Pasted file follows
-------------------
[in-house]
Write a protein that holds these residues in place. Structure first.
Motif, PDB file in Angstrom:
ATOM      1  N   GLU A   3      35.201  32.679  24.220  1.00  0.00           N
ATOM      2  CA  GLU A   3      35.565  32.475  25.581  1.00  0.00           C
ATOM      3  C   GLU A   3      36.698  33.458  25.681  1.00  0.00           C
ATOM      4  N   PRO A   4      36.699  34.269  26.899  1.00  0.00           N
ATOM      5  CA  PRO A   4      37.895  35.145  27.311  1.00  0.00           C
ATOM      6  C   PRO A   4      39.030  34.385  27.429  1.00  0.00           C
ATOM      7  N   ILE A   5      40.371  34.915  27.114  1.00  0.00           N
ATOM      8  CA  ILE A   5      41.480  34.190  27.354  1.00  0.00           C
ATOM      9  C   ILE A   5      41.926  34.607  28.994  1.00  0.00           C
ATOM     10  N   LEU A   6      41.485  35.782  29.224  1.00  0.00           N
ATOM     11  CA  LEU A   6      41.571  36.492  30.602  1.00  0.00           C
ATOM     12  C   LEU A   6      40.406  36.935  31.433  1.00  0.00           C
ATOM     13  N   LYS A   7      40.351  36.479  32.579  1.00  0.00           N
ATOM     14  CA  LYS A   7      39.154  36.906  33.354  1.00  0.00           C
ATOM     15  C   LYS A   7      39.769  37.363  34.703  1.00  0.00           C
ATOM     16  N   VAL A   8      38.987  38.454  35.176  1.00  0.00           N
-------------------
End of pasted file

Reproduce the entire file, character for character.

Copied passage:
[in-house]
Write a protein that holds these residues in place. Structure first.
Motif, PDB file in Angstrom:
ATOM      1  N   GLU A   3      35.201  32.679  24.220  1.00  0.00           N
ATOM      2  CA  GLU A   3      35.565  32.475  25.581  1.00  0.00           C
ATOM      3  C   GLU A   3      36.698  33.458  25.681  1.00  0.00           C
ATOM      4  N   PRO A   4      36.699  34.269  26.899  1.00  0.00           N
ATOM      5  CA  PRO A   4      37.895  35.145  27.311  1.00  0.00           C
ATOM      6  C   PRO A   4      39.030  34.385  27.429  1.00  0.00           C
ATOM      7  N   ILE A   5      40.371  34.915  27.114  1.00  0.00           N
ATOM      8  CA  ILE A   5      41.480  34.190  27.354  1.00  0.00           C
ATOM      9  C   ILE A   5      41.926  34.607  28.994  1.00  0.00           C
ATOM     10  N   LEU A   6      41.485  35.782  29.224  1.00  0.00           N
ATOM     11  CA  LEU A   6      41.571  36.492  30.602  1.00  0.00           C
ATOM     12  C   LEU A   6      40.406  36.935  31.433  1.00  0.00           C
ATOM     13  N   LYS A   7      40.351  36.479  32.579  1.00  0.00           N
ATOM     14  CA  LYS A   7      39.154  36.906  33.354  1.00  0.00           C
ATOM     15  C   LYS A   7      39.769  37.363  34.703  1.00  0.00           C
ATOM     16  N   VAL A   8      38.987  38.454  35.176  1.00  0.00           N